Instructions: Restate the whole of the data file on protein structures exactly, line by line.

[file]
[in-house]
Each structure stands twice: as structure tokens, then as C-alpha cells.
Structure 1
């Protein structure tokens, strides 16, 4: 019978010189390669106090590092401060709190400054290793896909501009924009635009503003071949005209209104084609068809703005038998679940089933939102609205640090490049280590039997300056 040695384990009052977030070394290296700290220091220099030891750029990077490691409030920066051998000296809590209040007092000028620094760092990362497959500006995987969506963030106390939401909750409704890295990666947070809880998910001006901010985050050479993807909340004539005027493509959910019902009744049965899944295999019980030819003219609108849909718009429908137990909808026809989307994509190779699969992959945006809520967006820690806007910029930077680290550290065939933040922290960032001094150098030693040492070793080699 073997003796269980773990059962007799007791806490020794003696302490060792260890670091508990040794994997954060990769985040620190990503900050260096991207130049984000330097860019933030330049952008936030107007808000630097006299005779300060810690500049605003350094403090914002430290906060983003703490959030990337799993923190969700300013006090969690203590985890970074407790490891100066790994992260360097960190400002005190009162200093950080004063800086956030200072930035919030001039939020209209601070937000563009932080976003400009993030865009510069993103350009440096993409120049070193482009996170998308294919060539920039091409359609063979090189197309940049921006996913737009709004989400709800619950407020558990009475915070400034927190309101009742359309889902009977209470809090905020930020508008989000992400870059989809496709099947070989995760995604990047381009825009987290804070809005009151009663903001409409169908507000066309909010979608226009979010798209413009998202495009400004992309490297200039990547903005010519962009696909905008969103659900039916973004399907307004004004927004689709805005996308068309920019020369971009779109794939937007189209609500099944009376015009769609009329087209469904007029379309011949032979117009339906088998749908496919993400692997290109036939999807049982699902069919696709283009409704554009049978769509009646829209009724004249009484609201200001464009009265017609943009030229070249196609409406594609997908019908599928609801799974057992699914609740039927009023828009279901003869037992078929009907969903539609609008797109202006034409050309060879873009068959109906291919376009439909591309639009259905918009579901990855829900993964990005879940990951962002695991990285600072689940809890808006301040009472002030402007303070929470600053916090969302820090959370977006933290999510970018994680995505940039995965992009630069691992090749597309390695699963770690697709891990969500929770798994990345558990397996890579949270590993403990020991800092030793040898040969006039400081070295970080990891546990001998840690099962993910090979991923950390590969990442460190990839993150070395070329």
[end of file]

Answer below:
[in-house]
Each structure stands twice: as structure tokens, then as C-alpha cells.
Structure 1
């Protein structure tokens, strides 16, 4: 019978010189390669106090590092401060709190400054290793896909501009924009635009503003071949005209209104084609068809703005038998679940089933939102609205640090490049280590039997300056 040695384990009052977030070394290296700290220091220099030891750029990077490691409030920066051998000296809590209040007092000028620094760092990362497959500006995987969506963030106390939401909750409704890295990666947070809880998910001006901010985050050479993807909340004539005027493509959910019902009744049965899944295999019980030819003219609108849909718009429908137990909808026809989307994509190779699969992959945006809520967006820690806007910029930077680290550290065939933040922290960032001094150098030693040492070793080699 073997003796269980773990059962007799007791806490020794003696302490060792260890670091508990040794994997954060990769985040620190990503900050260096991207130049984000330097860019933030330049952008936030107007808000630097006299005779300060810690500049605003350094403090914002430290906060983003703490959030990337799993923190969700300013006090969690203590985890970074407790490891100066790994992260360097960190400002005190009162200093950080004063800086956030200072930035919030001039939020209209601070937000563009932080976003400009993030865009510069993103350009440096993409120049070193482009996170998308294919060539920039091409359609063979090189197309940049921006996913737009709004989400709800619950407020558990009475915070400034927190309101009742359309889902009977209470809090905020930020508008989000992400870059989809496709099947070989995760995604990047381009825009987290804070809005009151009663903001409409169908507000066309909010979608226009979010798209413009998202495009400004992309490297200039990547903005010519962009696909905008969103659900039916973004399907307004004004927004689709805005996308068309920019020369971009779109794939937007189209609500099944009376015009769609009329087209469904007029379309011949032979117009339906088998749908496919993400692997290109036939999807049982699902069919696709283009409704554009049978769509009646829209009724004249009484609201200001464009009265017609943009030229070249196609409406594609997908019908599928609801799974057992699914609740039927009023828009279901003869037992078929009907969903539609609008797109202006034409050309060879873009068959109906291919376009439909591309639009259905918009579901990855829900993964990005879940990951962002695991990285600072689940809890808006301040009472002030402007303070929470600053916090969302820090959370977006933290999510970018994680995505940039995965992009630069691992090749597309390695699963770690697709891990969500929770798994990345558990397996890579949270590993403990020991800092030793040898040969006039400081070295970080990891546990001998840690099962993910090979991923950390590969990442460190990839993150070395070329």